50 Years Ago (April 1965): First Jeep V-8; Smog Research Needed; Tape Player Introduced

Jeep’s fullsize Wagoneer SUV and Gladiator pickup soon will offer an optional V-8 for the first time in Jeep history. The 250-hp, 327 cid (5.4L) “Vigilante” engine, supplied by American Motors, will cost $188. The V-8, will be offered with an optional GM Turbo HydraMatic automatic transmission. Other changes for ’65 include an improved steering mechanism and simplified 4-wheel-drive system.

The managing director of the Automobile Manufacturers Assn. tells panel of the U. S. Senate subcommittee on Air and Water Pollution that automakers are ready to begin installing emission controls if they are mandated. However, the AMA official, at a special hearing in Detroit, calls for more research before establishing federal standards. He say the smog problem in Los Angeles is a “special case,” that is much more severe than in other major cities.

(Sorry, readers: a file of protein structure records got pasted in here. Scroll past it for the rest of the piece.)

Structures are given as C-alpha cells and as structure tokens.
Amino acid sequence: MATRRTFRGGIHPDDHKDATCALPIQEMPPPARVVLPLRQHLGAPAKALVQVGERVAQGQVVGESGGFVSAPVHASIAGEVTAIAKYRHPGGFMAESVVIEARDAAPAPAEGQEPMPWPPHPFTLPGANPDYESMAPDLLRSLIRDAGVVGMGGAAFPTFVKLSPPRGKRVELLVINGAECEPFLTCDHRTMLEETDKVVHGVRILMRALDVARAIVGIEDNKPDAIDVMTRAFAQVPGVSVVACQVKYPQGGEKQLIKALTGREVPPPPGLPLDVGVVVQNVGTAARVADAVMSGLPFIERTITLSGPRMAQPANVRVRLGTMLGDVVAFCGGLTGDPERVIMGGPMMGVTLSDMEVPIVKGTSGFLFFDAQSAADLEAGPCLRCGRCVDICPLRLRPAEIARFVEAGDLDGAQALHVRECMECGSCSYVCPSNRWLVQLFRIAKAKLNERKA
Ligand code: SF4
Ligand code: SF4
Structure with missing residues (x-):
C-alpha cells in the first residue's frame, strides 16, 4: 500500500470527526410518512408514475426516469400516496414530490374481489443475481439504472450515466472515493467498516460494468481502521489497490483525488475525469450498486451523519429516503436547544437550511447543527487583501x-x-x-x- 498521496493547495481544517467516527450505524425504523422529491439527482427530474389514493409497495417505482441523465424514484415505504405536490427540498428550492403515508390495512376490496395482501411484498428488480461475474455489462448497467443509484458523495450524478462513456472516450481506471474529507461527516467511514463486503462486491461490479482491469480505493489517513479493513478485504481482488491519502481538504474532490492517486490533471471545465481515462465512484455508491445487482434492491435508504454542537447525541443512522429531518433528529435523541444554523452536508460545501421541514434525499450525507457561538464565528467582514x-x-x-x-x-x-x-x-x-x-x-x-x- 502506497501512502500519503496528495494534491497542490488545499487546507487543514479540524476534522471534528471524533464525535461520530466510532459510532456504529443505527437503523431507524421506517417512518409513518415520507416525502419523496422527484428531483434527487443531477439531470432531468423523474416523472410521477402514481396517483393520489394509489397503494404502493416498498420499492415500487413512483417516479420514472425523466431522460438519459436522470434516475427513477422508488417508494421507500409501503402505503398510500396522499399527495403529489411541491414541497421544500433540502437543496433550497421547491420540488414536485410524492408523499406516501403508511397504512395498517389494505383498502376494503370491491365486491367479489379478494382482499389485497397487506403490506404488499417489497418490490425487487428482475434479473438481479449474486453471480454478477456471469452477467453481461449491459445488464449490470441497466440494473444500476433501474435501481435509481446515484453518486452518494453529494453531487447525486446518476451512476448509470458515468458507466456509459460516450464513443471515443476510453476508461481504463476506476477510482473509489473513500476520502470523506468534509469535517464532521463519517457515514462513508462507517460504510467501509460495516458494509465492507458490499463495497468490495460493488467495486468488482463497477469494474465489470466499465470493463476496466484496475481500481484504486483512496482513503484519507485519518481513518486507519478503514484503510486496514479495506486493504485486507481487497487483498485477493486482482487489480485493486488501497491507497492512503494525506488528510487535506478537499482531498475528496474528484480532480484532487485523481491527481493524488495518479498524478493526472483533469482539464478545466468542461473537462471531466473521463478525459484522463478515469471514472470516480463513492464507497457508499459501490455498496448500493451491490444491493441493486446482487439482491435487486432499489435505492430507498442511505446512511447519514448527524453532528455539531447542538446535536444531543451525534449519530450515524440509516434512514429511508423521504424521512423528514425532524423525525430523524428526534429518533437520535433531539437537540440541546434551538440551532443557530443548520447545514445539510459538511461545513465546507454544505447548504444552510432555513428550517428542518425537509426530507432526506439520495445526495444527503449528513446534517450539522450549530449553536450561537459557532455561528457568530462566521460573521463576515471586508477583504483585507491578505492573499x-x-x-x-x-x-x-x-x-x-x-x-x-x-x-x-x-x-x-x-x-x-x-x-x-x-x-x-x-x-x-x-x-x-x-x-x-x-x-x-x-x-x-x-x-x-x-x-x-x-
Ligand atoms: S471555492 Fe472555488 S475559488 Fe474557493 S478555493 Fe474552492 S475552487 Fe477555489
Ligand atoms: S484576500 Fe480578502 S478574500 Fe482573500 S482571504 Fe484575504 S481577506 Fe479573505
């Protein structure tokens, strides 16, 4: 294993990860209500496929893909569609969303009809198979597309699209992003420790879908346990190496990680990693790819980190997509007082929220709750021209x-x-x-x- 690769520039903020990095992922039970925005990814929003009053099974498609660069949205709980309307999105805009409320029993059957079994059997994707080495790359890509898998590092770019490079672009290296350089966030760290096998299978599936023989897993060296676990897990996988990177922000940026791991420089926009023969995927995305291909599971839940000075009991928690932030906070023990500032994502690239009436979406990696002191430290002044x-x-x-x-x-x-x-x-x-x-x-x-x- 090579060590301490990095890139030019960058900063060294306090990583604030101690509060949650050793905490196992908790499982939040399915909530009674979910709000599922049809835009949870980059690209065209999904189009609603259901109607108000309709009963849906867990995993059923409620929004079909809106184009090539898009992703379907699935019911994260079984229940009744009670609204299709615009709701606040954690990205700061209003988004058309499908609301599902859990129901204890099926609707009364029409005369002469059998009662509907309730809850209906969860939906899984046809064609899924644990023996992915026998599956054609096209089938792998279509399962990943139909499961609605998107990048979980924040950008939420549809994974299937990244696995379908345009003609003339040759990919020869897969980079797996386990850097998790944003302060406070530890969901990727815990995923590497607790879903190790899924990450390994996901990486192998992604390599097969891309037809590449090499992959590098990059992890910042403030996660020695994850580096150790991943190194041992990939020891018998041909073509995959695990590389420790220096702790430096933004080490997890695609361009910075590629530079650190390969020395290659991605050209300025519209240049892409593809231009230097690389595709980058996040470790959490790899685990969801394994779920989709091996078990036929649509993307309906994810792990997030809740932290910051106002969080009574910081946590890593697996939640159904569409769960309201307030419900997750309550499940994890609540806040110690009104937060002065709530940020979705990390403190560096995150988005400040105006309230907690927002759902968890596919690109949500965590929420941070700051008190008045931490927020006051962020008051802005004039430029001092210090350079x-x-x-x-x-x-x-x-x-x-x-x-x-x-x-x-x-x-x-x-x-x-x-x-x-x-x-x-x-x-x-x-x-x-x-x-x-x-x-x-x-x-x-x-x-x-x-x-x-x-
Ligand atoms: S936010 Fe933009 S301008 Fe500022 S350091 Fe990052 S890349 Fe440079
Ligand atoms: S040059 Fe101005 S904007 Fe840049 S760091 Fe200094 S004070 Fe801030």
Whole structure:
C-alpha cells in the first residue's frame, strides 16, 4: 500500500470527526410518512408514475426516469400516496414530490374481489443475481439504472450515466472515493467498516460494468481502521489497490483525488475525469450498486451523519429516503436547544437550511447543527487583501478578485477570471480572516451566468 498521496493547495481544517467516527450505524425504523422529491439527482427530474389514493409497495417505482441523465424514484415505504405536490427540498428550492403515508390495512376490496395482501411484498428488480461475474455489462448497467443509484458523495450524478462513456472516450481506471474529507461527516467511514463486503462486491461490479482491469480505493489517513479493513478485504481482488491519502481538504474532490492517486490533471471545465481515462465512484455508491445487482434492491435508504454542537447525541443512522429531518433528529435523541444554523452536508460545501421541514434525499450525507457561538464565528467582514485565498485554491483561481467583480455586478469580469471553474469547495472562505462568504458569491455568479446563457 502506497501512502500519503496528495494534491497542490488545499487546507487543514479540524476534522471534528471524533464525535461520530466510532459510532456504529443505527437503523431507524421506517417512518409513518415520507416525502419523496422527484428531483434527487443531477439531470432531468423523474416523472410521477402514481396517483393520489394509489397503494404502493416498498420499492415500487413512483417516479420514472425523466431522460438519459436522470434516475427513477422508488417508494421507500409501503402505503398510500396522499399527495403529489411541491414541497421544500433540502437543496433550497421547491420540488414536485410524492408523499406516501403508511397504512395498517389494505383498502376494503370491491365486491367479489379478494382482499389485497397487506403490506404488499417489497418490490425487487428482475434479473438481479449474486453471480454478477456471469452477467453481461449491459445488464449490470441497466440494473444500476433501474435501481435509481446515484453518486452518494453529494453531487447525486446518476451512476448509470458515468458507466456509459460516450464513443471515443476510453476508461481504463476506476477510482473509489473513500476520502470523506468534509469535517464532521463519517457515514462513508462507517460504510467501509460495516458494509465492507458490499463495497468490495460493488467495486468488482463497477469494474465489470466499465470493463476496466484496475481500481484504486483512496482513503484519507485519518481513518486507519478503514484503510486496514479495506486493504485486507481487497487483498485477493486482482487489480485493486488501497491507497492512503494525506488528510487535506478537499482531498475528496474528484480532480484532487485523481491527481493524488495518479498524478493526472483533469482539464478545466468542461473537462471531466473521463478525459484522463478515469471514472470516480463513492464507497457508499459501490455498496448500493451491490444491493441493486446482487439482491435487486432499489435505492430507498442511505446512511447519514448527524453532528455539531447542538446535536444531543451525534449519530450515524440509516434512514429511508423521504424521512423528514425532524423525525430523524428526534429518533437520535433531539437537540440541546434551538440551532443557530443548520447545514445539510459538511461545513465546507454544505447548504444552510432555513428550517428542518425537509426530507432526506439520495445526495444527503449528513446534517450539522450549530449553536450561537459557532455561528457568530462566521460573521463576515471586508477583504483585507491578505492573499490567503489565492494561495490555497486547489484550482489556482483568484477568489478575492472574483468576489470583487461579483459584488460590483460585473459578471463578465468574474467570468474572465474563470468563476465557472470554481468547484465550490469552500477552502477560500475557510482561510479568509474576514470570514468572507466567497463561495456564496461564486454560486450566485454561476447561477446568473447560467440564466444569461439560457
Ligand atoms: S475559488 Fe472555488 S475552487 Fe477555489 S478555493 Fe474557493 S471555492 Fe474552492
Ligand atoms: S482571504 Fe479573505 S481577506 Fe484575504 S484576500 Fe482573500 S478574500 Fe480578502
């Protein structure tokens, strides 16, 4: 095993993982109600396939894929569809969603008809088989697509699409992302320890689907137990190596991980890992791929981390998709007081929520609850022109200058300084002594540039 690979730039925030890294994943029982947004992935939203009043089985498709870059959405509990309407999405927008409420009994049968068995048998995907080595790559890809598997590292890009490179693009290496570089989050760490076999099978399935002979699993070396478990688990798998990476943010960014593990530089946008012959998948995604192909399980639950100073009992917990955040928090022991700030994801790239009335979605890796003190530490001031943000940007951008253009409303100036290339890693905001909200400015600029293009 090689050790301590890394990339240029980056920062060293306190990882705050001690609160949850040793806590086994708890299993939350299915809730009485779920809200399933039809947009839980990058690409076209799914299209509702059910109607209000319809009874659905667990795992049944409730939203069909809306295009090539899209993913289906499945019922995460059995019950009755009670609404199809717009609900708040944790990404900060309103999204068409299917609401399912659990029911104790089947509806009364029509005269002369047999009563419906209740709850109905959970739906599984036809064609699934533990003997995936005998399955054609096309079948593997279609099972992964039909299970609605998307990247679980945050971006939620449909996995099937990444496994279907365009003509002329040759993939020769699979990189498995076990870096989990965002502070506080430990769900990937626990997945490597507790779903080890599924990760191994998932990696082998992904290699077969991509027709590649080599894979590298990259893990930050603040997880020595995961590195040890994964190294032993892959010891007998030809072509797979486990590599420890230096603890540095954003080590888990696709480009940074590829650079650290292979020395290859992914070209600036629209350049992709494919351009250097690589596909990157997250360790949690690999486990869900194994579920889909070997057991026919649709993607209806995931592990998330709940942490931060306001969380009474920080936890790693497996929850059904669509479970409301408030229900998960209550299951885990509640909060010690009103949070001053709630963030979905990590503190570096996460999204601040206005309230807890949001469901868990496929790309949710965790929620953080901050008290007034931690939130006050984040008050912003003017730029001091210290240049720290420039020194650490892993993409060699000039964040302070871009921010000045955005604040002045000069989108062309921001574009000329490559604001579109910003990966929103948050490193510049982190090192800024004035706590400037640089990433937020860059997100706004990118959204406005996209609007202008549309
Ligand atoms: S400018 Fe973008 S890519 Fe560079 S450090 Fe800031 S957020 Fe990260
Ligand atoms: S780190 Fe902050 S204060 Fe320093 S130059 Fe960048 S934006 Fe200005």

A “revolutionary” new tape player has been introduced by Orrtronics of Apelika, AL, that plays music, either stereo or monaural, from a closed-loop tape. In 8-track format, the tape contains enough music for up to two hours of playback. Sound is routed through the radio. Cited as one of its unique features, the tape crosses the playback head horizontally, making it less susceptible to distortion from road shocks and players that route the tape vertically. And, “the cartridges can be inserted and withdrawn as easily as operating a cigarette lighter.” The manufacturer, seeking to interest automakers in offering the device as an OEM option, says it would retail for under $100.

25 Years Ago (April 1990): GM Electric Cars; Vans Drive Trucks; Windshields Advance